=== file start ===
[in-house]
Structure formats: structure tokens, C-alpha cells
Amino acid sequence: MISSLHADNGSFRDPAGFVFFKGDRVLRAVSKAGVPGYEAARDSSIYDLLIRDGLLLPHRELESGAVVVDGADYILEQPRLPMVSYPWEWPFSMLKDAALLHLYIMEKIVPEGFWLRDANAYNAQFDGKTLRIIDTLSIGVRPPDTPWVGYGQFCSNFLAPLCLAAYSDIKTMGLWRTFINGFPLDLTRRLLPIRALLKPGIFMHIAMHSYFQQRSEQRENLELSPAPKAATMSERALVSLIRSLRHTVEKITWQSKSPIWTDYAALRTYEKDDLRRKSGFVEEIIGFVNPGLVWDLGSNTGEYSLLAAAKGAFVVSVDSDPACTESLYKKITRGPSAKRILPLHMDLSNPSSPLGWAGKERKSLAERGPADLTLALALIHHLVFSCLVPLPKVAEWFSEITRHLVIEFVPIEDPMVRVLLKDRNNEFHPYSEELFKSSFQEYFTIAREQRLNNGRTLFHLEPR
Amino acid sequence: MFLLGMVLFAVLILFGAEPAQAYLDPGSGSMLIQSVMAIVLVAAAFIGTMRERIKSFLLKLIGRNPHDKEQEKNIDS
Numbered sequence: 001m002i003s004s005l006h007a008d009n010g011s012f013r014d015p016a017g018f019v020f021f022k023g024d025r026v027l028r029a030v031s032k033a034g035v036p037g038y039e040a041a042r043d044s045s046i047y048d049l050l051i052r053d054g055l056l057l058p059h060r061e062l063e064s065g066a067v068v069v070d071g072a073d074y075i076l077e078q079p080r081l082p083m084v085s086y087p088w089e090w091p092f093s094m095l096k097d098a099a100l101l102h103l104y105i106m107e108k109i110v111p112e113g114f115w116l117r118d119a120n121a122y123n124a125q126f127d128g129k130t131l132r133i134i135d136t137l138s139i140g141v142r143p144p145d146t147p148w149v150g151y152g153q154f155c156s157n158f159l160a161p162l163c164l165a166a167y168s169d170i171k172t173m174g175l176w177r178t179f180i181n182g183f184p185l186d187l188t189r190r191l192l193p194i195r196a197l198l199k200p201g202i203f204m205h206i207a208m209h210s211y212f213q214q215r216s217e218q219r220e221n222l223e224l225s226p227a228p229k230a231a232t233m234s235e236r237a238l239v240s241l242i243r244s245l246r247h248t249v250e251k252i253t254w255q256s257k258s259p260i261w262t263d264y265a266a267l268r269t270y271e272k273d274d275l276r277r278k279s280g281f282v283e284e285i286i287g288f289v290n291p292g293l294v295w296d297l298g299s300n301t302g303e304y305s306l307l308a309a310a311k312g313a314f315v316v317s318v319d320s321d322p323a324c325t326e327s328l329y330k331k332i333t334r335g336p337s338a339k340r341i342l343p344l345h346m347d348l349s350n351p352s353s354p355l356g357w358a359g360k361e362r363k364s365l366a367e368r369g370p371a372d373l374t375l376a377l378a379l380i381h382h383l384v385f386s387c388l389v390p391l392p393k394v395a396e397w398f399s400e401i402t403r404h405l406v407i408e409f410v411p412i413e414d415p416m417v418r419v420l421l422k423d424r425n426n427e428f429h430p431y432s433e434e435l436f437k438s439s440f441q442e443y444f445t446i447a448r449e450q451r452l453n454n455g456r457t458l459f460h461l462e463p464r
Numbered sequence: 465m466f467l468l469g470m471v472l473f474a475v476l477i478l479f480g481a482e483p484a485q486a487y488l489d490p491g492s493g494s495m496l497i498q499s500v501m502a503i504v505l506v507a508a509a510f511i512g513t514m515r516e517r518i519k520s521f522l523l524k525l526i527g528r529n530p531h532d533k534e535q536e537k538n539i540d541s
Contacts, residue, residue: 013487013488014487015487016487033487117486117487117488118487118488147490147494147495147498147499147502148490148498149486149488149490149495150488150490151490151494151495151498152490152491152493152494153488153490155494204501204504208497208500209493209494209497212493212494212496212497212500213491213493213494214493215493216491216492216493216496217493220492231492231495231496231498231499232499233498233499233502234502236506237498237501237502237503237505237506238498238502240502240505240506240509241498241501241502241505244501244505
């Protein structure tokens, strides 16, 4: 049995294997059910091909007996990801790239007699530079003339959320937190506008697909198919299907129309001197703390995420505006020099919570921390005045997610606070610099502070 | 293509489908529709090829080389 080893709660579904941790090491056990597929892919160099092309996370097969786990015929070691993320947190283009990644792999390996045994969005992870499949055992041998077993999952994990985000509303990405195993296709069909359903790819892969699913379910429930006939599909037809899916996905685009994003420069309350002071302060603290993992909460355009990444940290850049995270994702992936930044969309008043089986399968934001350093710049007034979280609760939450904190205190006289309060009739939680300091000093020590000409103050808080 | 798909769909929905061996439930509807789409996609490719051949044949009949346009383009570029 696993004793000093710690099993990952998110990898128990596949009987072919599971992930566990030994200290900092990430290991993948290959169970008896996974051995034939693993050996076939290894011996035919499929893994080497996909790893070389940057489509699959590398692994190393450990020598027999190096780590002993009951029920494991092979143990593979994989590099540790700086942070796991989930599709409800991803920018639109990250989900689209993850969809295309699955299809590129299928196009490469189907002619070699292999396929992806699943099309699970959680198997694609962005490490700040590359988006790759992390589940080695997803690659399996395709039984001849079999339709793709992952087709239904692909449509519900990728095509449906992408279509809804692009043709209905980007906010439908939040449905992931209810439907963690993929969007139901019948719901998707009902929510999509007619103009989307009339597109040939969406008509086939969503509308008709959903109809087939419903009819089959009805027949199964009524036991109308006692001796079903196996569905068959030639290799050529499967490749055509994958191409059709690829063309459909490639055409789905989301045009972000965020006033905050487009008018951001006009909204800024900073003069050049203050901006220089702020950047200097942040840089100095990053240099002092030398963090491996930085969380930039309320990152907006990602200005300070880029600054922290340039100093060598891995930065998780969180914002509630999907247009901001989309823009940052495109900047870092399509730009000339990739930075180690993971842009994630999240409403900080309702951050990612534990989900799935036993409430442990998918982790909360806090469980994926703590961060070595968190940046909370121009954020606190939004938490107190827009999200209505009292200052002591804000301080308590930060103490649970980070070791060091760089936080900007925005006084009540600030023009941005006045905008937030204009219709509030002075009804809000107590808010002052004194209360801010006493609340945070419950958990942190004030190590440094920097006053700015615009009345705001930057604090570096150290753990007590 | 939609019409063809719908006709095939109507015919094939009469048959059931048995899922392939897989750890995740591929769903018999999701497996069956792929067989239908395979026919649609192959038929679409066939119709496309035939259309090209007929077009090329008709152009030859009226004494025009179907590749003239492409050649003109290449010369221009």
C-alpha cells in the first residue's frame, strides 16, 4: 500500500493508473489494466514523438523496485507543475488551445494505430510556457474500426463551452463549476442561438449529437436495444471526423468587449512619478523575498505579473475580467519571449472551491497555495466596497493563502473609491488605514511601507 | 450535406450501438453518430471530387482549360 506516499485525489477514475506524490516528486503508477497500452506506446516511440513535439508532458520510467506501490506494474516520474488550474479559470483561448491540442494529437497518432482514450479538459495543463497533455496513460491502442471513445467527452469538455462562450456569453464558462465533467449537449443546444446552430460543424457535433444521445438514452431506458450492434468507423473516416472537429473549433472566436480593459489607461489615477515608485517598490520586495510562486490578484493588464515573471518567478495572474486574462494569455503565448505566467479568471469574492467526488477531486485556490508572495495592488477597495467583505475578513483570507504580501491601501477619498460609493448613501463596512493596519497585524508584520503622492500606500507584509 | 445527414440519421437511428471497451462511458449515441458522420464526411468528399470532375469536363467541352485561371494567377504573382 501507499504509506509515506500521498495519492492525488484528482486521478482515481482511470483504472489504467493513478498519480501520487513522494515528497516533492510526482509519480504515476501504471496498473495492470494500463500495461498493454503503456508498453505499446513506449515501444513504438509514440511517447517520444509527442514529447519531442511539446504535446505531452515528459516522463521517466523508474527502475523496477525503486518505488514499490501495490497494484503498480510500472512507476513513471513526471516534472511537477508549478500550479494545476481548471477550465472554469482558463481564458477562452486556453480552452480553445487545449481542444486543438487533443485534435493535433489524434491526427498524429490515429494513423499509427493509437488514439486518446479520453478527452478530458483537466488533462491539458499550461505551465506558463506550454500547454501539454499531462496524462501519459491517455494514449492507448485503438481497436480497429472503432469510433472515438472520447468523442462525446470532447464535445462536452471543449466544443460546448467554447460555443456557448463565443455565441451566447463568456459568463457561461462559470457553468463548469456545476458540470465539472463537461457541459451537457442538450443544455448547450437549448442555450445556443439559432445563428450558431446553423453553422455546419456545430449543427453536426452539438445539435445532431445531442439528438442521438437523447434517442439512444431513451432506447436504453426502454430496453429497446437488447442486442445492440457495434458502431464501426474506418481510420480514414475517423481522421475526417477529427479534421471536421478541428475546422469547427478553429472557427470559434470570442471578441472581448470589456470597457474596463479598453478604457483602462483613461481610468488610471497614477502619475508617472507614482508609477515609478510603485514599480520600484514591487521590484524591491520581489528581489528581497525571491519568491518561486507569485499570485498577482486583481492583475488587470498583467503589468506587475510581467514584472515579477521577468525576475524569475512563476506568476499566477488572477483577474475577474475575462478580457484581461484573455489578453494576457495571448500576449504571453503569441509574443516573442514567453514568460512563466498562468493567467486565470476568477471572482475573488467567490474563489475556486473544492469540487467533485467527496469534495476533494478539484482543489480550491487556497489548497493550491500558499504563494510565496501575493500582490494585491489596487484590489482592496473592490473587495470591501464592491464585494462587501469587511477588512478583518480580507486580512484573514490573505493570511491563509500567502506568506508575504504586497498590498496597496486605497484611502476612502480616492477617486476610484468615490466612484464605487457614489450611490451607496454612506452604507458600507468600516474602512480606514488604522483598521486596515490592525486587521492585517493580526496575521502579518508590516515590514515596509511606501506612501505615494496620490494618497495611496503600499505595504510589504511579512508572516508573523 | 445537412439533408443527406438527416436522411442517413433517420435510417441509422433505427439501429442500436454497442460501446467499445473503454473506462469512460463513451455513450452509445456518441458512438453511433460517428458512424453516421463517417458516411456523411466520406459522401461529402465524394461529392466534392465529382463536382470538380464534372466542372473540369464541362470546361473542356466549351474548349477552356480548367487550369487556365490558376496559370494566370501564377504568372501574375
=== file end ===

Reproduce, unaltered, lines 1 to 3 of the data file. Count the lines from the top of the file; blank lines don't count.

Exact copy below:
[in-house]
Structure formats: structure tokens, C-alpha cells
Amino acid sequence: MISSLHADNGSFRDPAGFVFFKGDRVLRAVSKAGVPGYEAARDSSIYDLLIRDGLLLPHRELESGAVVVDGADYILEQPRLPMVSYPWEWPFSMLKDAALLHLYIMEKIVPEGFWLRDANAYNAQFDGKTLRIIDTLSIGVRPPDTPWVGYGQFCSNFLAPLCLAAYSDIKTMGLWRTFINGFPLDLTRRLLPIRALLKPGIFMHIAMHSYFQQRSEQRENLELSPAPKAATMSERALVSLIRSLRHTVEKITWQSKSPIWTDYAALRTYEKDDLRRKSGFVEEIIGFVNPGLVWDLGSNTGEYSLLAAAKGAFVVSVDSDPACTESLYKKITRGPSAKRILPLHMDLSNPSSPLGWAGKERKSLAERGPADLTLALALIHHLVFSCLVPLPKVAEWFSEITRHLVIEFVPIEDPMVRVLLKDRNNEFHPYSEELFKSSFQEYFTIAREQRLNNGRTLFHLEPR